About 95 percent of patients have what is known as essential hypertension, where the underlying cause cannot be identified. But we know that several factors can play a role in its development, from salt sensitivity and genetics to aging and lifestyle factors such as smoking or being overweight. A high dietary intake of salt (sodium) in particular is associated with the development of hypertension.

“Reduction in dietary salt lowers blood pressure in individuals with hypertension and enhances the blood pressure response to antihypertensive therapies,” White said. “The extent of salt sensitivity is greater in blacks, older adults, diabetics and persons with chronic kidney disease.”

White has also worked with Dr. Gregory Harshfield, director of the Medical College of Georgia at Augusta University’s (MCG) Georgia Prevention Institute—a pioneer in the science of the impaired ability to excrete sodium following stress—on a project examining the role of stress in high blood pressure. But everything that we don’t know about hypertension is what keeps clinicians and scientists up at night.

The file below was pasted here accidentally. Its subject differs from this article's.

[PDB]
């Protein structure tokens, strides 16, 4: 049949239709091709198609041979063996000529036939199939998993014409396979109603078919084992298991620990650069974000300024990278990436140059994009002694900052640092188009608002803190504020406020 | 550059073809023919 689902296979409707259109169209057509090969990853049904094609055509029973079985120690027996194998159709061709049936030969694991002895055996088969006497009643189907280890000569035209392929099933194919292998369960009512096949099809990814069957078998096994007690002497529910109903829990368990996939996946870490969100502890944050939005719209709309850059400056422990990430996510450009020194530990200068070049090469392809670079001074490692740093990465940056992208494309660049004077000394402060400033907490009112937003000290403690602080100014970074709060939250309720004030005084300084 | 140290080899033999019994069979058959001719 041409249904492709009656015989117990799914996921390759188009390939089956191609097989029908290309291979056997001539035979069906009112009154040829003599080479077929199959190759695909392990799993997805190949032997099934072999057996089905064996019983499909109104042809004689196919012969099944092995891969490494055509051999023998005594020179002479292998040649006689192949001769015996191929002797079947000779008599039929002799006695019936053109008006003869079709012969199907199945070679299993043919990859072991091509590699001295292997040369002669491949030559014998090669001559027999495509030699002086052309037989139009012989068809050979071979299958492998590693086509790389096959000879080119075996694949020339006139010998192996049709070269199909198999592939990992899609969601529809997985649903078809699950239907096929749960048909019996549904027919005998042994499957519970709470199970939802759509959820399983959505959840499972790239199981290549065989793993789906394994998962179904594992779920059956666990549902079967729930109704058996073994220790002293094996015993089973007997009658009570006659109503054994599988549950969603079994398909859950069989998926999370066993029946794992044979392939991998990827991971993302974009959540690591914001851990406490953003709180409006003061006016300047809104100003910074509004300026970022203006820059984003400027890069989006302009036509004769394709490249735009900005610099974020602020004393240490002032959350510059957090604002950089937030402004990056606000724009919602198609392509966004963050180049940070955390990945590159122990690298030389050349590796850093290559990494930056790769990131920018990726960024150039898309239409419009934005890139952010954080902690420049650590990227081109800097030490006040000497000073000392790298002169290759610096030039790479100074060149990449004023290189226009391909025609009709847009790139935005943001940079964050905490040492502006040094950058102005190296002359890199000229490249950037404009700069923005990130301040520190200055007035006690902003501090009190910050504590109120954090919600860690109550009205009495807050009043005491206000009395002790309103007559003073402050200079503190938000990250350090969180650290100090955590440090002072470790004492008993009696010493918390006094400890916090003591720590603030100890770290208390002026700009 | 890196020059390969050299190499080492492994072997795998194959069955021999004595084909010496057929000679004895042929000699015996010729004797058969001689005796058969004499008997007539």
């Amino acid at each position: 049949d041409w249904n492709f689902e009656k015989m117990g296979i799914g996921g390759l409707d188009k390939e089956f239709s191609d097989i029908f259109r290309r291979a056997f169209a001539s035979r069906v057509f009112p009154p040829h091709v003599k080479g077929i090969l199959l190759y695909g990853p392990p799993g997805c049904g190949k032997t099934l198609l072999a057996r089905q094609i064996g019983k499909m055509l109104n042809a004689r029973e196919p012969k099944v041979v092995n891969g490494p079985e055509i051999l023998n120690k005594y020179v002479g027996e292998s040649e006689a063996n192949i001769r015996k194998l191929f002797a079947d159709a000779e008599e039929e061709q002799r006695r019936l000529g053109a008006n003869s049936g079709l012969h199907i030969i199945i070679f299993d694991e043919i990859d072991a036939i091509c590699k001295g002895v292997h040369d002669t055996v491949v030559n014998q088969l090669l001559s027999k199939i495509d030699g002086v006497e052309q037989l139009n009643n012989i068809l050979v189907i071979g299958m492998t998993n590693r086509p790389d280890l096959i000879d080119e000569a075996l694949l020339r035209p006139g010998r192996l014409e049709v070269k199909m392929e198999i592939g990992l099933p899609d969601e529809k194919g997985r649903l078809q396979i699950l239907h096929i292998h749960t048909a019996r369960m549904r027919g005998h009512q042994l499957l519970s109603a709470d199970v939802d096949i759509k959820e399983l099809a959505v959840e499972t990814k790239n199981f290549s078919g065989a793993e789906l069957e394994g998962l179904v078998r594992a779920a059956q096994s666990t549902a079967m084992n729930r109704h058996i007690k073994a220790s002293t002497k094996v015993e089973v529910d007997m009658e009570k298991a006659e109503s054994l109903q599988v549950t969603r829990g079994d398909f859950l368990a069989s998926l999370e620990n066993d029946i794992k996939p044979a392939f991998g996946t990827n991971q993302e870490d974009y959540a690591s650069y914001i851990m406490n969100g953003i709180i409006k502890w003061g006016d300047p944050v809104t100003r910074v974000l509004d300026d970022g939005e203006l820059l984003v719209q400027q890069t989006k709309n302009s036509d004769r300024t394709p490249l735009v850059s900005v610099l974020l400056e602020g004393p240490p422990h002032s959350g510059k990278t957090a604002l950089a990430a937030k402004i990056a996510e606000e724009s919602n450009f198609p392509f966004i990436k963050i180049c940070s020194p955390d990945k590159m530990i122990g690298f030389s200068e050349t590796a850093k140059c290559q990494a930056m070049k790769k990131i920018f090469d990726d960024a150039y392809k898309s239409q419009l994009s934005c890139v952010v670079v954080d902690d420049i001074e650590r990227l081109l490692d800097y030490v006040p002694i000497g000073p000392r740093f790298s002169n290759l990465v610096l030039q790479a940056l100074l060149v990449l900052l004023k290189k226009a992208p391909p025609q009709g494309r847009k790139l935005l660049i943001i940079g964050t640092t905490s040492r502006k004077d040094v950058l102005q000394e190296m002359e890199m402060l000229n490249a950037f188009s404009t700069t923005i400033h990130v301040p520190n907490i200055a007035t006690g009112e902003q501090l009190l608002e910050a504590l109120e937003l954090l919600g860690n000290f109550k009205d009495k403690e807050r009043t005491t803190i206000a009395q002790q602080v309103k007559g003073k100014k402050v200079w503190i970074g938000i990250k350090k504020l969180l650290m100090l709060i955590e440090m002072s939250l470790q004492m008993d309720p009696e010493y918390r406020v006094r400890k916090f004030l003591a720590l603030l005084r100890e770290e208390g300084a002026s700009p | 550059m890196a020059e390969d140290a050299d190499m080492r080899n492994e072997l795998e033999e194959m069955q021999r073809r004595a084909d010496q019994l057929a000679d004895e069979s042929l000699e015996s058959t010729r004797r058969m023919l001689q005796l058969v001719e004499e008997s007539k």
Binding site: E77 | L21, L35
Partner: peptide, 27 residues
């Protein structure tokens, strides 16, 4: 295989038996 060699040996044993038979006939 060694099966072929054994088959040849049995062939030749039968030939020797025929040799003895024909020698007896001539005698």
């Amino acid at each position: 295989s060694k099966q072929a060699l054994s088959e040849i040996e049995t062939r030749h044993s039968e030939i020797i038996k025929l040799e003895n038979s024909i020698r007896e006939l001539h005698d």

“There are many, many factors in play,” White said. “But one of the things we do is try to identify a reason for uncontrolled hypertension, look for reversible causes, treat those and ultimately individualize medications accordingly.”